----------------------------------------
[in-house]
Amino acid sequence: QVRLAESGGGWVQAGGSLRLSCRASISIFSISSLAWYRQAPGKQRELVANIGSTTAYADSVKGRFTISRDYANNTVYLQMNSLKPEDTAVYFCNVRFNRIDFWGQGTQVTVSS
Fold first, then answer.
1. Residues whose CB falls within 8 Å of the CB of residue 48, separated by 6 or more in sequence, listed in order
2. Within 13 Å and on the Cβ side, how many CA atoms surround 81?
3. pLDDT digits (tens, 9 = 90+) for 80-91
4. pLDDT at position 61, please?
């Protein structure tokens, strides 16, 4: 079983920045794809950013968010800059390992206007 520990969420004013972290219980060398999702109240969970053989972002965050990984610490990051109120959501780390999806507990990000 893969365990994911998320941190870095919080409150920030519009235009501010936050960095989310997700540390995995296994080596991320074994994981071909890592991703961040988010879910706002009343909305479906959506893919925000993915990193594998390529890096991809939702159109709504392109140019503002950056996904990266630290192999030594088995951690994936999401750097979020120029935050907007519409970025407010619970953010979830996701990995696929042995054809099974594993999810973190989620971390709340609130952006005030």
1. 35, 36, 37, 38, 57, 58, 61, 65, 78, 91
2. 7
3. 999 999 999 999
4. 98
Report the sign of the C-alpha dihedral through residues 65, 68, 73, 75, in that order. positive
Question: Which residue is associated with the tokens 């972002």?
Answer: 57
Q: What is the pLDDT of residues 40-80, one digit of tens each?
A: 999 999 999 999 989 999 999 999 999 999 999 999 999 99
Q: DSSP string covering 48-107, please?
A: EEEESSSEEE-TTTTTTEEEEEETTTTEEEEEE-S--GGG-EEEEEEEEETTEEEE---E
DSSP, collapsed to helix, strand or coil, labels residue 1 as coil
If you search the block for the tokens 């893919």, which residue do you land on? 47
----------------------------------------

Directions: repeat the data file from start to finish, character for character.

[in-house]
Amino acid sequence: QVRLAESGGGWVQAGGSLRLSCRASISIFSISSLAWYRQAPGKQRELVANIGSTTAYADSVKGRFTISRDYANNTVYLQMNSLKPEDTAVYFCNVRFNRIDFWGQGTQVTVSS
Fold first, then answer.
1. Residues whose CB falls within 8 Å of the CB of residue 48, separated by 6 or more in sequence, listed in order
2. Within 13 Å and on the Cβ side, how many CA atoms surround 81?
3. pLDDT digits (tens, 9 = 90+) for 80-91
4. pLDDT at position 61, please?
């Protein structure tokens, strides 16, 4: 079983920045794809950013968010800059390992206007 520990969420004013972290219980060398999702109240969970053989972002965050990984610490990051109120959501780390999806507990990000 893969365990994911998320941190870095919080409150920030519009235009501010936050960095989310997700540390995995296994080596991320074994994981071909890592991703961040988010879910706002009343909305479906959506893919925000993915990193594998390529890096991809939702159109709504392109140019503002950056996904990266630290192999030594088995951690994936999401750097979020120029935050907007519409970025407010619970953010979830996701990995696929042995054809099974594993999810973190989620971390709340609130952006005030």
1. 35, 36, 37, 38, 57, 58, 61, 65, 78, 91
2. 7
3. 999 999 999 999
4. 98
Report the sign of the C-alpha dihedral through residues 65, 68, 73, 75, in that order. positive
Question: Which residue is associated with the tokens 């972002």?
Answer: 57
Q: What is the pLDDT of residues 40-80, one digit of tens each?
A: 999 999 999 999 989 999 999 999 999 999 999 999 999 99
Q: DSSP string covering 48-107, please?
A: EEEESSSEEE-TTTTTTEEEEEETTTTEEEEEE-S--GGG-EEEEEEEEETTEEEE---E
DSSP, collapsed to helix, strand or coil, labels residue 1 as coil
If you search the block for the tokens 């893919």, which residue do you land on? 47